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How Congress Works





There were newspaper accounts of cost overruns, murmurings of design defects, and rumors of opposition within the Pentagon. In January of 1989, the militarys new cargo transport plane, McDonnell Douglas C-17. had all the symptoms of a troubled{ program, and the Defense Subcommittee of the House Appropriations committee was going to do something about it. Swinging into investigative mode, it assembled a handful of its members, summoned some military brass, alerted the media and held . . . an informecial.

Sure, the event was billed as a Congressional hearing, but that phrase evokes a semi-circle of unamused lawmakers bearing down on the glum, fifth-taking witnesses with lawyers at their side. This event looked more like one of those scripted half-hour cable programs designed to sell rechargeable hand blenders. All the elements were there: a genial host (Congressman Norm Dicks) helping an animated huckster (General Duane H. Cassidy) sell us a product (the C-17) that we dont really need. And the sales pitch covered all the bases:

This thing really does the job!:
Rep. Dicks: Isnt the C-17 much more capable of landing and taking off:

General Cassidy: It performance is much better . . . It give us the flexibility inherent to being able to go more places.

Its loaded with great features!:
Rep. Dicks: The C-17 gives you that intratheatre capability.

General Cassidy: We have to be able to move and react to fighting situation. The C-17 gives you that in the capability for the theater movement and you cant predict where that is going to be.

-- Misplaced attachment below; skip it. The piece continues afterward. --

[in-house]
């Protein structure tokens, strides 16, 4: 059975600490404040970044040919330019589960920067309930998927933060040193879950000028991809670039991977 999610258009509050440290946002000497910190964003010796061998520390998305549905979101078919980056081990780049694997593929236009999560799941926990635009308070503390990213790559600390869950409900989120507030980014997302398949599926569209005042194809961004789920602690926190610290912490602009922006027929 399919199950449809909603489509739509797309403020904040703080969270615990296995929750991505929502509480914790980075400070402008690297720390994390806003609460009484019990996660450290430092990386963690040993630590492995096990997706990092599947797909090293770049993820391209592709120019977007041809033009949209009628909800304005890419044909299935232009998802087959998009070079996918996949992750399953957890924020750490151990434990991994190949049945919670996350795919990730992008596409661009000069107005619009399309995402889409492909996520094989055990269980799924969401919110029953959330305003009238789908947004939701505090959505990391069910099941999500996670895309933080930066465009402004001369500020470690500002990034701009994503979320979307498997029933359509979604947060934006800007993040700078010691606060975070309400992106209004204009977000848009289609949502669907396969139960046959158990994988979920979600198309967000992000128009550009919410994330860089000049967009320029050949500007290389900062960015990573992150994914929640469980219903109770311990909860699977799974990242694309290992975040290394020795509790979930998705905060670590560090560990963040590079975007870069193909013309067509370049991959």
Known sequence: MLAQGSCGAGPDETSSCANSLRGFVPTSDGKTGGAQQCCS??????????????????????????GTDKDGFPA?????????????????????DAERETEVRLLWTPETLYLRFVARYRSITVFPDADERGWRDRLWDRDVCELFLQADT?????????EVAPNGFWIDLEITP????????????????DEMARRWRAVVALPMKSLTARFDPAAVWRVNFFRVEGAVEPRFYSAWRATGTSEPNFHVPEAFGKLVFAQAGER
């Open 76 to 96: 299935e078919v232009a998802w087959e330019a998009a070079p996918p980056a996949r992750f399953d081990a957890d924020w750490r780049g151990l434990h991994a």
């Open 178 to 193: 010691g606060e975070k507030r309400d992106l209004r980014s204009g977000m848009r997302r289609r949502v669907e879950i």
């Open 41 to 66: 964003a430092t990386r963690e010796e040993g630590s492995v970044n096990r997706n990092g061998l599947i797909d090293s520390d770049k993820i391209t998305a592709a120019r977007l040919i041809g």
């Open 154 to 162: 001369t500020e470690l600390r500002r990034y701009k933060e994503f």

The competition doesnt compare!:
Rep. Dicks: One of the major points that I think needs to be pointed out is the number of fields in Europe that you can take the C- 17 to versus the [Air Forces cargo transport] C-5. I mean it is very substantial.

General Cassidy: It is very significant, a factor of five to one.

The experts love it!:
Rep. Dicks: Is there unity behind the C-17?

General Cassidy: This is the only program in DoD that has full service support and all the
Commanders in Chief support it.

Youve seen it advertised elsewhere for a fortune but were offering a low, low price!:
Rep. Dicks: There seems to be some confusion on the actual cost of the C-17. On January 24th in a Washington Post article headed Hard Time Ahead Over Hardware called the C-17 a (plane that costs an average of $483 million each when spare parts and hangar costs are included. General Cassidy: The unit fly-away cost of the airplane as we consider it in then-year dollars is less than $125 million a copy.

Of course, had this been a real infomercial, the FTC would have prosecuted Dicks and Cassidy for false advertising. The planes design was defective, the military had to reduce its performance specifications three times, and its cost soars (each C-17 is now slated to cost $300 million). As all of these facts made it into the press the months after this hearing, then Secretary of Defense Dick Cheney announced that the military would buy 40 C-17s instead of the originally planned 210. He then fired one general an accepted the resignations of two others in charge of the program. But at that point the military had already pumped billions into the program. As one former Office of the Secretary of Defense analyst put it, There were always voices in the Pentagon arguing that the C- 17 was too expensive and that there were cheaper alternatives, but nobody wanted to hear it.